Nine sports figures among ‘The Muslim 500’

Yaya Toure plays for Manchester City in England's Premier League.

Yaya Toure plays for Manchester City in England’s Premier League.

Six active athletes, one retired star, one retired legend, and one behind-the-scenes power broker made their way onto the 2014-15 edition of “The Muslim 500,” an annual list of the world’s most influential Muslim individuals compiled by the Royal Islamic Strategic Studies Centre in Jordan.

The Muslim 500 is of course loaded with kings and presidents, philanthropists and politicians, sheikhs and scholars. There are a few entertainers, such as rapper Mos Def and singer Zayn Malik of the pop group One Direction. And because we can’t turn a blind eye to the world being how it is — the good and the bad — there are even some extremist leaders on the list.

Sports was not left out of the equation. Among the Muslim 500 are:

Yaya Toure (soccer) — The star midfielder for Manchester City of England’s Premier League and the Ivory Coast national team is, at 31 years old, coming off the best season of his career. The three-time African Footballer of the Year and two-time Premier League champion helped lead Man City to another league title in 2014, getting 24 goals and 11 assists in 49 matches. He was named to the Pro Footballers Association Premier League Team of the Year (think First Team All-NBA in basketball) and was a finalist for the PFA Player of the Year award. Toure also led Ivory Coast to its third straight berth in the World Cup, where Les Elephants were knocked out in the group stage. An outspoken advocate in campaigns to prevent elephant poaching, and gained praise in the Muslim community when he refused to accept the traditional bottle of champagne for being named Man of the Match after a Man City match in 2012. Toure is now presented with a shield when he is named Man of the Match.

Hashim Amla (cricket) — The first player of Indian descent to make the South African national cricket team is ranked the No. 4 batsman in the world by the International Cricket Council. He has campaigned to remove alcohol-related advertising and logos from cricket merchandise and gear.

Ma Yue (martial arts) — A Chinese national champion and master in several martial arts, including Wushu, Sanda, Taiji and Duanbing, Yue is also head of his own family’s style, known as Ma Shi Tongbei. I don’t know much about martial arts, but I do know that even in his mid-50s, Yue is not somebody that anyone would want to force to defend himself.

Frederic Kanoute (soccer) — Recently retired after a 16-year pro career playing for clubs in Spain, England, Spain and China, as well as for France and Mali’s national teams, Kanoute was one of the world’s top players in his prime. And five years before it was trendy for celebrities to stand up for the victims of violence on the Gaza Strip, Kanoute made headlines during a 2009 match when he revealed a black “Palestine” t-shirt under his jersey, an action that drew a yellow card and a fine. Another time Kanoute was in the news for standing up for his beliefs was when he refused to wear his club’s regular jersey bearing the name of a gambling website.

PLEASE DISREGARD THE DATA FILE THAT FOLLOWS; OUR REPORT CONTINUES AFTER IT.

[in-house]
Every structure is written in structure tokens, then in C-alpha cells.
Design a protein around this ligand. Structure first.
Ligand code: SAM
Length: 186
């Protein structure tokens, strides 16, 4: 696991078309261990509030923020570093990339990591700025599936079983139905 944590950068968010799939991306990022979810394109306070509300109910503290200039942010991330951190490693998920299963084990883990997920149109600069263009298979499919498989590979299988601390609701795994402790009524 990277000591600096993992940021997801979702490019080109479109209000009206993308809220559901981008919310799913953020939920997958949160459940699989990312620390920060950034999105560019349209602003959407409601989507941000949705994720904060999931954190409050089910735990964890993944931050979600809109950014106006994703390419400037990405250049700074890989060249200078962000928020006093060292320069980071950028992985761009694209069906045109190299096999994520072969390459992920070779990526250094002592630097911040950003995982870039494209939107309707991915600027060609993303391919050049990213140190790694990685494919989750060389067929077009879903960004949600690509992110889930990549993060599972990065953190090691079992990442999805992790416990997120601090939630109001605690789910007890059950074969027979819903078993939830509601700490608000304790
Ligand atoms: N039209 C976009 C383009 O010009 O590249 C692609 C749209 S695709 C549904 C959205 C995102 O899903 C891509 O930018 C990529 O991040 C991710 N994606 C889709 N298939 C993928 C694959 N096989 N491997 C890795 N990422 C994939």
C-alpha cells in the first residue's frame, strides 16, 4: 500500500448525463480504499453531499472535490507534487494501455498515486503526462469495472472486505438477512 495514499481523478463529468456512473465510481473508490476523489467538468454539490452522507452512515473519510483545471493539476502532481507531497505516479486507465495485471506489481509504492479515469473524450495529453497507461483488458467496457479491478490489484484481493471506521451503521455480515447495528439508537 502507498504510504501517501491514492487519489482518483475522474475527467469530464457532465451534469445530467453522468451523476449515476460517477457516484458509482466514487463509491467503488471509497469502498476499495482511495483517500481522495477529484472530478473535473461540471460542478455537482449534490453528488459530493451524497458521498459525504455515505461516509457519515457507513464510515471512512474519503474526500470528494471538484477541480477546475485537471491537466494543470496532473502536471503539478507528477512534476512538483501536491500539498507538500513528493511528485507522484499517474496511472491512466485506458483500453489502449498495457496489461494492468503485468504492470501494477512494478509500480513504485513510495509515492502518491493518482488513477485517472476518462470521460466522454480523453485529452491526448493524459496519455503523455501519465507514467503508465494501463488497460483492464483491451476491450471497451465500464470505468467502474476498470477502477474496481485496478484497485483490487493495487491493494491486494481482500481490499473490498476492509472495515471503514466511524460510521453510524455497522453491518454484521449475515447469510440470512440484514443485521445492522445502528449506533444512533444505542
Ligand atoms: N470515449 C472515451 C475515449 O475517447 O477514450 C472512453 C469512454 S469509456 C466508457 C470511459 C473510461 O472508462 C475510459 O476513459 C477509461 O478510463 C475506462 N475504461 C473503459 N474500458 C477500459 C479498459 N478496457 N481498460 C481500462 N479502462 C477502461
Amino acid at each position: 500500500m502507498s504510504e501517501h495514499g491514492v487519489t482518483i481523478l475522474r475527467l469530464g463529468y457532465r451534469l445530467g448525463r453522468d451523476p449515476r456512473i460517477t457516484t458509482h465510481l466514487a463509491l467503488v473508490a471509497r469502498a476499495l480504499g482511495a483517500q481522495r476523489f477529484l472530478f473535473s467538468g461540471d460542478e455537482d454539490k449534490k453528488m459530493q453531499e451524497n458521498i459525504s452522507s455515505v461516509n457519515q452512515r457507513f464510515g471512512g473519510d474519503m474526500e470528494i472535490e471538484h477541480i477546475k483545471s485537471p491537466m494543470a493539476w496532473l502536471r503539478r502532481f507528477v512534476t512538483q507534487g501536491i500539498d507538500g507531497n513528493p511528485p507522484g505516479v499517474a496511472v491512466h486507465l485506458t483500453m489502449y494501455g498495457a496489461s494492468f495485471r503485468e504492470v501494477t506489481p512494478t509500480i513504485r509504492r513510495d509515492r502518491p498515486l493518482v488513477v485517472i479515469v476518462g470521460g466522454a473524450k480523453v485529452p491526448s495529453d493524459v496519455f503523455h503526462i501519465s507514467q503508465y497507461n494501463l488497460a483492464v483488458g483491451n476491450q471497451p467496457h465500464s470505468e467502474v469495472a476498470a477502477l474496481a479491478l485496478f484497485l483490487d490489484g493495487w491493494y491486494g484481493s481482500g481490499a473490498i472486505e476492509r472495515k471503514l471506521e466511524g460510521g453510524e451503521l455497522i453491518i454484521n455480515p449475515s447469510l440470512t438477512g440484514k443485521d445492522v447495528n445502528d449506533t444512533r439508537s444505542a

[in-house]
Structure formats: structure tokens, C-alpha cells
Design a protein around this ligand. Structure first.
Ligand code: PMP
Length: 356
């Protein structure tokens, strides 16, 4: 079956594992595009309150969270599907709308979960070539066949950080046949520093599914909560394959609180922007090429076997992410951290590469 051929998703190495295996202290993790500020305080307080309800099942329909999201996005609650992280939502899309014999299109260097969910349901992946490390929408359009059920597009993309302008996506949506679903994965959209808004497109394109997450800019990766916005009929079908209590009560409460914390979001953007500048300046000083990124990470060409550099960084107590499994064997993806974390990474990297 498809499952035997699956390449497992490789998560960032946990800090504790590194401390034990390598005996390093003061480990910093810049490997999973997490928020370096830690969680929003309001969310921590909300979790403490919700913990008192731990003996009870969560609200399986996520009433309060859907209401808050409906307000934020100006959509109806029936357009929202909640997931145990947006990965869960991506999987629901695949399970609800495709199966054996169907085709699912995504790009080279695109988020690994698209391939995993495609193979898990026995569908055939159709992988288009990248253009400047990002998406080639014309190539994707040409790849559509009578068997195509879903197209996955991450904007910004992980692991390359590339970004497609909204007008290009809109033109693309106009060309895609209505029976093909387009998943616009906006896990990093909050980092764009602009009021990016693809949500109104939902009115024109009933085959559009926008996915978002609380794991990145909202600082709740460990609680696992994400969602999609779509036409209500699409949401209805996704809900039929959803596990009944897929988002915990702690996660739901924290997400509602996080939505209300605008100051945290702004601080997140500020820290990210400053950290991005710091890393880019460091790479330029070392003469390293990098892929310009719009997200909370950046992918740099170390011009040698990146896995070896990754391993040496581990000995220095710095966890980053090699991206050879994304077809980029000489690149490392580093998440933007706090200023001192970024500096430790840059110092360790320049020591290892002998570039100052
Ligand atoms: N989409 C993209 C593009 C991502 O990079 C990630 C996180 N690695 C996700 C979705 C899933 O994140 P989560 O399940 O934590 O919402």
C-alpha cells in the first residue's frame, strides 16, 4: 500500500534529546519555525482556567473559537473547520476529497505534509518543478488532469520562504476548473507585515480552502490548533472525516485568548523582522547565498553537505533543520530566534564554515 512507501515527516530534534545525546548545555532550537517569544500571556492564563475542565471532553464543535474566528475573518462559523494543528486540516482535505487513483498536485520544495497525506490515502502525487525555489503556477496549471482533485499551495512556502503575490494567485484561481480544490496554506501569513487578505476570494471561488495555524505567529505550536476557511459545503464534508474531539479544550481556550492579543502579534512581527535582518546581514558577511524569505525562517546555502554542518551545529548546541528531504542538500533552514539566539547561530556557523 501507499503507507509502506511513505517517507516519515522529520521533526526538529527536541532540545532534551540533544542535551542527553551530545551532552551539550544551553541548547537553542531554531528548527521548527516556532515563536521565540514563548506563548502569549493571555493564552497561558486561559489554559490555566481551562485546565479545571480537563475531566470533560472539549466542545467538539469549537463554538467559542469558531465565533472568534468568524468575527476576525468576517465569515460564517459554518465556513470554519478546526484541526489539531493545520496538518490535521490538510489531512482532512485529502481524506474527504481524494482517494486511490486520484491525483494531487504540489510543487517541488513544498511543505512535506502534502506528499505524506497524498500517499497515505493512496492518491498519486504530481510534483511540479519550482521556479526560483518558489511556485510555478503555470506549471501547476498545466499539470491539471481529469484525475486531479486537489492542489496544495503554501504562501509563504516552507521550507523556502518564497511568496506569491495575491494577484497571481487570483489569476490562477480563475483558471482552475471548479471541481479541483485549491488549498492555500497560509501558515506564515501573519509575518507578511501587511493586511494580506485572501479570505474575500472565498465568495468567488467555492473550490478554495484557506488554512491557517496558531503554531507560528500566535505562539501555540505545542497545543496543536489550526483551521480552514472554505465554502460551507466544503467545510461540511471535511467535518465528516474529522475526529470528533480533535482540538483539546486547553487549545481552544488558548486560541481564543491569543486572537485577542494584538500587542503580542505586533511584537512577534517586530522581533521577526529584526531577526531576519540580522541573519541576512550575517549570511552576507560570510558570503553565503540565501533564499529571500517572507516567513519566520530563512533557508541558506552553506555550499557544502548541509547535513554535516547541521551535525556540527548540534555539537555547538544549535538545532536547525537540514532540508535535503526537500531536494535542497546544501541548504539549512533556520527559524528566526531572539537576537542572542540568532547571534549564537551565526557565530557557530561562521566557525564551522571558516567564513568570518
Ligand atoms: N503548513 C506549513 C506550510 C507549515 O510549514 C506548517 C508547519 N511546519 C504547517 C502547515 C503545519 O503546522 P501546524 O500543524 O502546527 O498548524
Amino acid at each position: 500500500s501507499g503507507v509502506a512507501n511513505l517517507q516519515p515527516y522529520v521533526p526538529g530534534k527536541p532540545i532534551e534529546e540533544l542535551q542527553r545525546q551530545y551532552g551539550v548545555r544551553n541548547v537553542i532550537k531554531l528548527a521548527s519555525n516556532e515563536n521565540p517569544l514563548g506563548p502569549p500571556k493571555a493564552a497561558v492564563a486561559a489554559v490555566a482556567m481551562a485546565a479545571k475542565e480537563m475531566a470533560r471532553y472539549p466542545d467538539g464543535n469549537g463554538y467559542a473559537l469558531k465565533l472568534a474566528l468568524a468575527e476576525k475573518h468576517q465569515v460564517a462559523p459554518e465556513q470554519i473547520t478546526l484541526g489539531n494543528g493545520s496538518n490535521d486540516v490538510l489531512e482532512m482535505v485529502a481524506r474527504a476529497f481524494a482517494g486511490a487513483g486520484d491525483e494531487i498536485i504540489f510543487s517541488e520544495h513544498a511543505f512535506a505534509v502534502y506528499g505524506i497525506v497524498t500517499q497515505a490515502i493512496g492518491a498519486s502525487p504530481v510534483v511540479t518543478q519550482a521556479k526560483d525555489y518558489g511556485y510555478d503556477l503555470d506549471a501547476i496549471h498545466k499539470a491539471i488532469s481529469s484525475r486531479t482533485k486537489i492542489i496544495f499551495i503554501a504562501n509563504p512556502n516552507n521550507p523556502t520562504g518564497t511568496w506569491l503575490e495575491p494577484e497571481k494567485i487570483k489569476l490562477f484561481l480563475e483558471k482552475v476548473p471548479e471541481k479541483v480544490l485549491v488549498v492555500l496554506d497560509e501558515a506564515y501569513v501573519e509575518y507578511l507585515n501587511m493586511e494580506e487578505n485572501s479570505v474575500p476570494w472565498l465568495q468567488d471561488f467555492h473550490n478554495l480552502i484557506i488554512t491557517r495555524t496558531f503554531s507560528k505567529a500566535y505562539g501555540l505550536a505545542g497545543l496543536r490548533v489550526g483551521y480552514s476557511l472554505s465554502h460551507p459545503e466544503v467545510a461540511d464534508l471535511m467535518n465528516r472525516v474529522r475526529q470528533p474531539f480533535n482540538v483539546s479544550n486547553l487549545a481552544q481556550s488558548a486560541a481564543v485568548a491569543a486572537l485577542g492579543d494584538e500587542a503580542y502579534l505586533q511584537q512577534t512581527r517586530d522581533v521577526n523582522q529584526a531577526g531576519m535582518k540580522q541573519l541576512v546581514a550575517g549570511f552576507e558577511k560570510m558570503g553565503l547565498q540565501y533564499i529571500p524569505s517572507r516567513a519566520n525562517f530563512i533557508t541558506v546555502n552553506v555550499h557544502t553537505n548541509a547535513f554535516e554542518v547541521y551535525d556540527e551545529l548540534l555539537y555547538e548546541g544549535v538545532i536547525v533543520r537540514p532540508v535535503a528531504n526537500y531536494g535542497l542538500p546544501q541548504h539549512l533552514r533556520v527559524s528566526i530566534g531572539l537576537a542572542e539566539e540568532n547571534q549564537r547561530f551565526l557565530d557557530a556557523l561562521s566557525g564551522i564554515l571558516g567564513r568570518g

Mesut Ozil (soccer) — adidas’ decision to push Ozil as one of the faces of their 2014 World Cup marketing paid off in a big way; not only when Ozil helped Germany win the world’s biggest tournament, but also when news agencies around the globe picked up the feel-good story of Ozil donating his entire World Cup earnings to Brazilian children undergoing surgery. Playing midfield for Arsenal of England’s Premier League, Ozil didn’t have a great 2013-14 season at the club level. But it hasn’t hurt his influence, as he is one of the world’s most popular athletes on social media with eight million followers on Twitter and 25 million on Facebook.

Mo Farah (track and field) — The reigning Olympic and world champion in the men’s 5,000-meter and 10,000-meter runs, Farah has already been honored with wax statues at two of the famous Madame Tussauds wax museums in England. His “Mo-Bot” victory celebration has become his worldwide signature, but in the Muslim community he is more known for regularly performing the sajdah prostration to Allah (SWT) after each win.

Sonny Williams (rugby, boxing) — Standing 6-4 and weighing about 240 pounds, Williams is a brick wall of a man who excels at two of the toughest sports in the world. He is a star on the pro rugby level and for New Zealand’s national team, the first Muslim player to play for the All Blacks and the first rugby player to sign an endorsement deal with adidas. In the boxing ring, Williams is 6-0 as a heavyweight with three knockouts in his nascent career, including a unanimous-decision victory over former heavyweight title contender Francois Botha.

Muhammad Ali (boxing) — No need for introductions of a career resume here, but just for fun: Three-time heavyweight champion of the world, Olympic gold medalist, named the No. 1 sportsman of the 20th century by both Sports Illustrated and BBC, arguably the greatest athlete of all-time and a hugely influential social, political and civil-rights figure as well. The 72-year-old owns a Presidential Medal of Freedom and a lifetime achievement award from Amnesty International.

Prince Ali Bin Al-Hussein — The vice president of FIFA Asia is also the brother of Jordan’s King Abdullah and son of the late King Hussein. He is also a direct descendant of the Prophet Muhammad (peace be upon him). A competitive wrestler in his youth, Prince Ali is now a major figure for soccer’s international governing body. He was influential in FIFA’s 2014 decision to lift its ban on female players wearing hijab headscarves on the field of play.

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